New York Marriage Records:
Will Same Sex Marriage Change New York Marriage Records?
The entire country has been in an upheaval since the early part of this century. Why? Because a large number of people, those who are involved in same-sex relationships and those who support them, feel as though homosexual people should be able to marry just as heterosexual people can. This vociferous debate has led states around the nation to make decisions concerning their stance on same-sex marriages. In 2011, New York State made their decision, and they decided to make same-sex marriages legal.
This simple decision, however, has lead to a number of questions, even though a number of other New England states have already made same-sex marriage legal in their state. Some people wonder if they can legally marry in New York and then move back to their state (such as Florida which does not allow same-sex marriage, yet), and if the same-sex marriages that will be performed will change the dynamic of the state itself. One question that is easy to answer is how same-sex marriage will change New York marriage records.
Marriage records are an extremely important piece of public documentation. They are equally as important as birth and death records and are so important that they have been declared to be of public record status by both state and federal governments. Anyone who wants has access to the information. Marriage records help acknowledge those who are legally married and those who are not. Until recently, same-sex couples could only wish to attain a marriage license so as to marry their significant other - legally.
When the first same-sex marriages occurred, they weren't actual marriages but rather civil unions, and yes, the civil union certification was much different than New York marriage records look now. This is because the documentation was completely different. Now that New York same-sex marriage are legal, will documentation for marriage licenses for homosexual couples be different than the documentation needed for heterosexual couples?
If the state follows through with the precedents set by other states that have allowed same-sex marriages to become legal, the paperwork will look either exactly the same or extremely similar. There is really no reason why the paperwork should look different. According to the laws passed, same-sex couples who are married should be afforded the same rights and responsibilities of any heterosexual couple, so the paperwork should, and likely will, look exactly the same.
If you're part of a same-sex couple that is planning to get married in New York, make sure that you get a copy of the right New York marriage record that you'll need, even if you plan on staying in the state. These marriage records are an important piece of paper to have in your home and are a great thing to pass down to your family members for historical reasons, as well.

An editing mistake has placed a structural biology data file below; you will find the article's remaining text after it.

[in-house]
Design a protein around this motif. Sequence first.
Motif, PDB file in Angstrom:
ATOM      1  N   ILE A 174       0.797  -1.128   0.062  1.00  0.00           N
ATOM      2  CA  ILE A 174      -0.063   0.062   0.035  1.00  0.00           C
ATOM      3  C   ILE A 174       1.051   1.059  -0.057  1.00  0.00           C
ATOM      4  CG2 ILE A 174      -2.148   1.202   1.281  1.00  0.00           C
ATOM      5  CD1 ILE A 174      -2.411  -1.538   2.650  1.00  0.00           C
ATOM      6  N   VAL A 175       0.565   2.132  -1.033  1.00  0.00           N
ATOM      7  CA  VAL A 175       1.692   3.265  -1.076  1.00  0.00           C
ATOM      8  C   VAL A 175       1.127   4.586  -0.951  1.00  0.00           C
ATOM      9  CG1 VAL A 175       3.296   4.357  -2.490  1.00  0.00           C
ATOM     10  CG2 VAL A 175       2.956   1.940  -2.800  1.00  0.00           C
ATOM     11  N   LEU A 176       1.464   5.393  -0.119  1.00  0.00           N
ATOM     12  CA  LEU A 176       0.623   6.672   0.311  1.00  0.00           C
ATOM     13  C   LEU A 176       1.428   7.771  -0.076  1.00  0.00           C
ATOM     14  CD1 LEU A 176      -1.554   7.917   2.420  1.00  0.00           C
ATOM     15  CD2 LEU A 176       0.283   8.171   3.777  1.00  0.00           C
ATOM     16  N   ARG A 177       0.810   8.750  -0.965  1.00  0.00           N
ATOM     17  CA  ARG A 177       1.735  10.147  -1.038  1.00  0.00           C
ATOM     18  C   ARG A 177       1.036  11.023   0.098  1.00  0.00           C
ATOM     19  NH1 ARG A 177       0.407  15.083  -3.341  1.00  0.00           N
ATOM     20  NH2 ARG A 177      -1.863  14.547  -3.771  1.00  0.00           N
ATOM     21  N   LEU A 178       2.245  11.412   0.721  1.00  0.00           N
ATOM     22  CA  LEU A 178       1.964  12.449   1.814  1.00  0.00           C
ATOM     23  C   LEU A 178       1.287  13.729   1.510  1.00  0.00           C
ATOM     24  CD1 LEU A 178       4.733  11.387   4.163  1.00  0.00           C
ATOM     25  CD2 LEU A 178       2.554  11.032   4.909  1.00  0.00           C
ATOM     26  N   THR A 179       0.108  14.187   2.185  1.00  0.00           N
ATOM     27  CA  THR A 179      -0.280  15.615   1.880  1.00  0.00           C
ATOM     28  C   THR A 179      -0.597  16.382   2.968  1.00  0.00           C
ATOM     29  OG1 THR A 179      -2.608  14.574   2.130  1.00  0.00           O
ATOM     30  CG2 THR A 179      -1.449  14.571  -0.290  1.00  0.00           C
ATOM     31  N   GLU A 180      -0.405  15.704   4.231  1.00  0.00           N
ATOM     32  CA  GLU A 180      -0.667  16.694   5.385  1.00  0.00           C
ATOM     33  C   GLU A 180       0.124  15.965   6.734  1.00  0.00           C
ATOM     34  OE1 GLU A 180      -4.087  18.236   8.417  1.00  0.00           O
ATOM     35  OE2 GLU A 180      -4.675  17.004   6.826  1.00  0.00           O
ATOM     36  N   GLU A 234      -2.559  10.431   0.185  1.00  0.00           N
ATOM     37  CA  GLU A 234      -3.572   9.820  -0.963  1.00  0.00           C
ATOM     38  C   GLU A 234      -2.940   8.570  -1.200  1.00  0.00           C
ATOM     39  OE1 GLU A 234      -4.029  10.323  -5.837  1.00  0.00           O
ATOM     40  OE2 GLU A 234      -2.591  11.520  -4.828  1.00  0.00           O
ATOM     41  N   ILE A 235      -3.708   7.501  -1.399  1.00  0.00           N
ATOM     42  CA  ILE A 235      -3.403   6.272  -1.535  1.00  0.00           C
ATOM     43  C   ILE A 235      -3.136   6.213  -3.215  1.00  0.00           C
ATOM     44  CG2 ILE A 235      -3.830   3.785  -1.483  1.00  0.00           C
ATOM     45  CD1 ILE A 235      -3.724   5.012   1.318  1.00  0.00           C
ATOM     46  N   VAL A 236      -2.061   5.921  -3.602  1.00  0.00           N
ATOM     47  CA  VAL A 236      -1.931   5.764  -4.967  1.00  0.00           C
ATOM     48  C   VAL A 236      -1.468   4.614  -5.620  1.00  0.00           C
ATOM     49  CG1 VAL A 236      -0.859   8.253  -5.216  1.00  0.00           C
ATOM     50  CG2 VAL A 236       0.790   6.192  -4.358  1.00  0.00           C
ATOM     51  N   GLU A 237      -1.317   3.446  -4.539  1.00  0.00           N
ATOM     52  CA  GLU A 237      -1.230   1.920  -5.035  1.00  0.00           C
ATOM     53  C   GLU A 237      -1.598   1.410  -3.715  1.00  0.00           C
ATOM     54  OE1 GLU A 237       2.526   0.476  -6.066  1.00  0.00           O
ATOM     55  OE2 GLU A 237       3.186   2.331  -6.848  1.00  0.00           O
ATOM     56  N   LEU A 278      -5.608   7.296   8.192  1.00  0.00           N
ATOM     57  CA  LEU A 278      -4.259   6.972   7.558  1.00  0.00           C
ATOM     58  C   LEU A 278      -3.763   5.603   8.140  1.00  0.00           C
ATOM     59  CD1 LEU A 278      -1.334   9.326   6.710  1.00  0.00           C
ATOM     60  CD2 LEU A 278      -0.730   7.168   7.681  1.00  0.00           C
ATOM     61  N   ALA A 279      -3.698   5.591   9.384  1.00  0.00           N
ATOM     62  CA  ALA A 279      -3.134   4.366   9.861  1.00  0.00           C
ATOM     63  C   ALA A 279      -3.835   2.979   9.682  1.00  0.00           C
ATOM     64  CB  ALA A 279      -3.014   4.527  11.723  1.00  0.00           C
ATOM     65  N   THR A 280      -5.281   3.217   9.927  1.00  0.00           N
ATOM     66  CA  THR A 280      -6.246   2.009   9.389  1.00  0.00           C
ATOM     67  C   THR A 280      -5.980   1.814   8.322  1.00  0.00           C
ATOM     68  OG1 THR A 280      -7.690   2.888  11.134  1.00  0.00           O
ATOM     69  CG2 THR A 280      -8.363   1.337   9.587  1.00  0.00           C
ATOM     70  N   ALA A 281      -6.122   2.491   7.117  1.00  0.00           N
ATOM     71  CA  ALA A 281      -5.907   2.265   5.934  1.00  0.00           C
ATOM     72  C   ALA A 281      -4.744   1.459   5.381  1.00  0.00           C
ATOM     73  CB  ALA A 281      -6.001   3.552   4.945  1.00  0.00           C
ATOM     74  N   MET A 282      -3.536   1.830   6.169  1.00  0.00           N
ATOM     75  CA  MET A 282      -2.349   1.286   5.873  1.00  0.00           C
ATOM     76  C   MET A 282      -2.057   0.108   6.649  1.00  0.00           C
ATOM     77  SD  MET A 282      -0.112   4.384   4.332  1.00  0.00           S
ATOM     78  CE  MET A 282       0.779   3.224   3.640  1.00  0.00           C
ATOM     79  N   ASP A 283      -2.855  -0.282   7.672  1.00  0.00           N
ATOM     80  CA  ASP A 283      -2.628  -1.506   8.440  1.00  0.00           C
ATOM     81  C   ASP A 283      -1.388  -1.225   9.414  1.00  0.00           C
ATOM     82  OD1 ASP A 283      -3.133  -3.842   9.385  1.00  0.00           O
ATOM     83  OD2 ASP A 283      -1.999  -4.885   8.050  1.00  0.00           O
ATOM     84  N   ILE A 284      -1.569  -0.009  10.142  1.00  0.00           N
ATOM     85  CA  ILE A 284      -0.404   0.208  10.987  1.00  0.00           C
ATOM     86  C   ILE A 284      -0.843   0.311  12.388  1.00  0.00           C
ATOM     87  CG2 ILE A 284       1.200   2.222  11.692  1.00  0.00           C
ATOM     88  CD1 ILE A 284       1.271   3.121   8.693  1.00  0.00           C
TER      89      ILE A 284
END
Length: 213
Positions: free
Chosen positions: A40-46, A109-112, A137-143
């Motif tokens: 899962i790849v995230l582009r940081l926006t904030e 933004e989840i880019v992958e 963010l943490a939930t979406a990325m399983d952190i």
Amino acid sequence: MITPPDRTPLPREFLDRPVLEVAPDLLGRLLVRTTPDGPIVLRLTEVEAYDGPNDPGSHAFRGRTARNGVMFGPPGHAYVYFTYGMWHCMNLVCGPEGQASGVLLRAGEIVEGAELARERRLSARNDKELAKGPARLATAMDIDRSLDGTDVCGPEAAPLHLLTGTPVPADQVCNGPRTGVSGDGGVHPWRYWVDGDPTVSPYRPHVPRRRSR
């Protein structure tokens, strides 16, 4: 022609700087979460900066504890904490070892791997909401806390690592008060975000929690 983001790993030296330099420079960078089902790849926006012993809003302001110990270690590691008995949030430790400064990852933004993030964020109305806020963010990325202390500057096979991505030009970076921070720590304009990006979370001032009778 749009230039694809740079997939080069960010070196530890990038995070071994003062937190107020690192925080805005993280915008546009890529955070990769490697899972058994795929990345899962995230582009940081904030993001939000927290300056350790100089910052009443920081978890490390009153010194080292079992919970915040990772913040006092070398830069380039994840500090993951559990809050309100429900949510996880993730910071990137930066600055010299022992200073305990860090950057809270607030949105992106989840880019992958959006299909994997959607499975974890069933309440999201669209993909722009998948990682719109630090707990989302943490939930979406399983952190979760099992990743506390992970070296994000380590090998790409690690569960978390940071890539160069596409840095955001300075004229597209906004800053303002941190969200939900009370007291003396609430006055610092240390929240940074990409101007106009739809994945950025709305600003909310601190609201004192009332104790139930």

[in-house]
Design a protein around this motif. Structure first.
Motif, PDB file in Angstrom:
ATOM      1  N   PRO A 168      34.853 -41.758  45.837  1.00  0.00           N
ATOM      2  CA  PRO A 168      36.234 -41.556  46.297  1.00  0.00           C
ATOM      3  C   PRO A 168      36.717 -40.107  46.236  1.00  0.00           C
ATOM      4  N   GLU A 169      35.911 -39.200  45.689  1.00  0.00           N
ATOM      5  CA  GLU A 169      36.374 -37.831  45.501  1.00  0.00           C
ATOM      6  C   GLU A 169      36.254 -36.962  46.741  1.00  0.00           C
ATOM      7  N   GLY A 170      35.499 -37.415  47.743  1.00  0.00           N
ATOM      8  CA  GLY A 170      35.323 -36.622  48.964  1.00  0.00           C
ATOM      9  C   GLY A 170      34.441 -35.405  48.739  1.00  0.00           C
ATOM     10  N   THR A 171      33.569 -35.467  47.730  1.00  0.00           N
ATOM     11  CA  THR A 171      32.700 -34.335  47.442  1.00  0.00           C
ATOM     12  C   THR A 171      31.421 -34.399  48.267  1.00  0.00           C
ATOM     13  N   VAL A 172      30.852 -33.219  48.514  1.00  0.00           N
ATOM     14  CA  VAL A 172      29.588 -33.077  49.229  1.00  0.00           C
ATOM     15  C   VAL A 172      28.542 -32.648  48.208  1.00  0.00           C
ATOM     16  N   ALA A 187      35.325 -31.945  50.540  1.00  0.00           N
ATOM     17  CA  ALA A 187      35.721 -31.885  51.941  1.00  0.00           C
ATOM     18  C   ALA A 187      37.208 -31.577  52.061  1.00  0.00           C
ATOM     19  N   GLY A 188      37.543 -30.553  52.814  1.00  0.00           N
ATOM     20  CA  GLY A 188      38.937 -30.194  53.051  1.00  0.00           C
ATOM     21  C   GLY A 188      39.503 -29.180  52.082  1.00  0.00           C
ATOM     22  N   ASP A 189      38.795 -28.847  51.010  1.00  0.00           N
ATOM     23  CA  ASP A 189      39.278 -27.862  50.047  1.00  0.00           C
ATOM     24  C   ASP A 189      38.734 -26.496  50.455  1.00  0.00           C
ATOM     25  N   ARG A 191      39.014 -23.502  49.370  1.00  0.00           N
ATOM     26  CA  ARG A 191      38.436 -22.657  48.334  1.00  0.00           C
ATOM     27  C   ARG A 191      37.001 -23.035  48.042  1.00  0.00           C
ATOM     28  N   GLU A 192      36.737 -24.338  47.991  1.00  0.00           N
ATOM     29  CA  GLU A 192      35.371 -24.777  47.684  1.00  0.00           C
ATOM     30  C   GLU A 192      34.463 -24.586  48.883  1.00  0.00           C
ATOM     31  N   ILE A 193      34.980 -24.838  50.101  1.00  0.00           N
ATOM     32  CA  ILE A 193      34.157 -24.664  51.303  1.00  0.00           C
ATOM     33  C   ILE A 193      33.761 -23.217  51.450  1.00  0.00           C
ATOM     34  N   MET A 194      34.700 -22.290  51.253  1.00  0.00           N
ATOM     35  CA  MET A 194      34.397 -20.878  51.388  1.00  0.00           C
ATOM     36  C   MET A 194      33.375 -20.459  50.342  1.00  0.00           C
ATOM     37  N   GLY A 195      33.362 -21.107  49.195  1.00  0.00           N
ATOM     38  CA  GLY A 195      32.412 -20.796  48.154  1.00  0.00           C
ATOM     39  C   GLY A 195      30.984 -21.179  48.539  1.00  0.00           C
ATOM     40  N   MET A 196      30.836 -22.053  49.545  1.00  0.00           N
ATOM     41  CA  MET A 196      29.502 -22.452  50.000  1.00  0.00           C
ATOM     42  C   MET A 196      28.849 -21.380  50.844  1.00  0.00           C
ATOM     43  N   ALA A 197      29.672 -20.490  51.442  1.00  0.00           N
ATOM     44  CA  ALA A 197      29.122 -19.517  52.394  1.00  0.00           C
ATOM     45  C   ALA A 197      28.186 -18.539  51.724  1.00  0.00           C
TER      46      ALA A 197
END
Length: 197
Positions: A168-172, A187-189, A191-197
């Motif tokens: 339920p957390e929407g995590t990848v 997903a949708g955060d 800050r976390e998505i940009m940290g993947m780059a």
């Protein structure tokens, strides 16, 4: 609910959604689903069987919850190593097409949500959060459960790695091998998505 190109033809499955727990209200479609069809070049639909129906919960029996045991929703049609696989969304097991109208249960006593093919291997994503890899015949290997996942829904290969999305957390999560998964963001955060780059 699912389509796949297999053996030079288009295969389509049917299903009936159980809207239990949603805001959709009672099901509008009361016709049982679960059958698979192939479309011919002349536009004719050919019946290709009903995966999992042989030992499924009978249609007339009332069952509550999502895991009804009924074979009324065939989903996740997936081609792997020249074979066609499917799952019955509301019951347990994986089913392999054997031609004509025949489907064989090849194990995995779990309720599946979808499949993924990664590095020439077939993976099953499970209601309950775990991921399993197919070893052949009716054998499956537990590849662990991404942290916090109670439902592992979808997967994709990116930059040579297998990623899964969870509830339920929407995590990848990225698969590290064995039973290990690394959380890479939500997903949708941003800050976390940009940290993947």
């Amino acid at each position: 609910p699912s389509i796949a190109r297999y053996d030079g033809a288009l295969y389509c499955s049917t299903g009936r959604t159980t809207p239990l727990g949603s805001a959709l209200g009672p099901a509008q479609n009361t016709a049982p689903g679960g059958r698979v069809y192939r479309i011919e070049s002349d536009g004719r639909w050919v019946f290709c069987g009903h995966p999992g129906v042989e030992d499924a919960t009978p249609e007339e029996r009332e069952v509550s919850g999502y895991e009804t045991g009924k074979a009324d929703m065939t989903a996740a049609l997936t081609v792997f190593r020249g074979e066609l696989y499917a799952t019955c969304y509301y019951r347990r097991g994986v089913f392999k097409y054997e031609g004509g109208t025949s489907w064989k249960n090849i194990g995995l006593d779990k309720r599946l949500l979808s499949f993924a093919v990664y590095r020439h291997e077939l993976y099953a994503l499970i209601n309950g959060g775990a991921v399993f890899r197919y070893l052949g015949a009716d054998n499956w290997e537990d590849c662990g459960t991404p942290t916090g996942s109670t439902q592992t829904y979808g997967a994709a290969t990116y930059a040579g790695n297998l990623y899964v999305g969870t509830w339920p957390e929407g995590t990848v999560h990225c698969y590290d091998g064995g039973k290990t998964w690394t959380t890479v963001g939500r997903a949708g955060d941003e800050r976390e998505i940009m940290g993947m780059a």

How to Get a New York Marriage Certificate:
(GenWed does not sell marriage certificates! This information is provided only to explain the different kinds of marriage records to be had, who has them and how to get them.)
Records are available for marriages which took place in New York State (outside of New York City) from 1881 with the exception of Albany, Buffalo, and Yonkers, which start in 1914. For certificates dating prior to these dates, contact the city clerk in the town where the marriage took place. (I suggest contacting the city clerks anyway for faster service.)
Certified copies of New York marriage records:
The fee for a certified copy of a marriage certificate is $30.00 per copy. Additional fees may apply. Records are available from 1881. More information - Marriage Certificates - New York State Department of Health
Restrictions: Only the bride, groom, or other persons who have a documented judicial or other proper purpose (New York State Court Order) may order a certified copy of a marriage record.
For more information on certified marriage certificates and to check the current status of fees call (518) 474-3075.
Genealogical copies of New York marriage certificates:
Uncertified marriage certificate copies are available if they are 50 years old or older, and the bride and groom are both known to be deceased. The 50 year requirement is waived if the person requesting the copy is a direct-line ancestor and supplies proof of the death of the bride and groom.
The fee for a genealogy marriage certificate is $22.00 for a three year search. Additional fees for more years searched may apply.
New York City marriage certificates:
New York City is divided into five boroughs, Manhattan, Kings, Queens, the Bronx [Brooklyn], and Staten Island [Richmond]. For city clerk addresses, see the county pages.
For more information and to check the current status of fees call (212) 788-8580.
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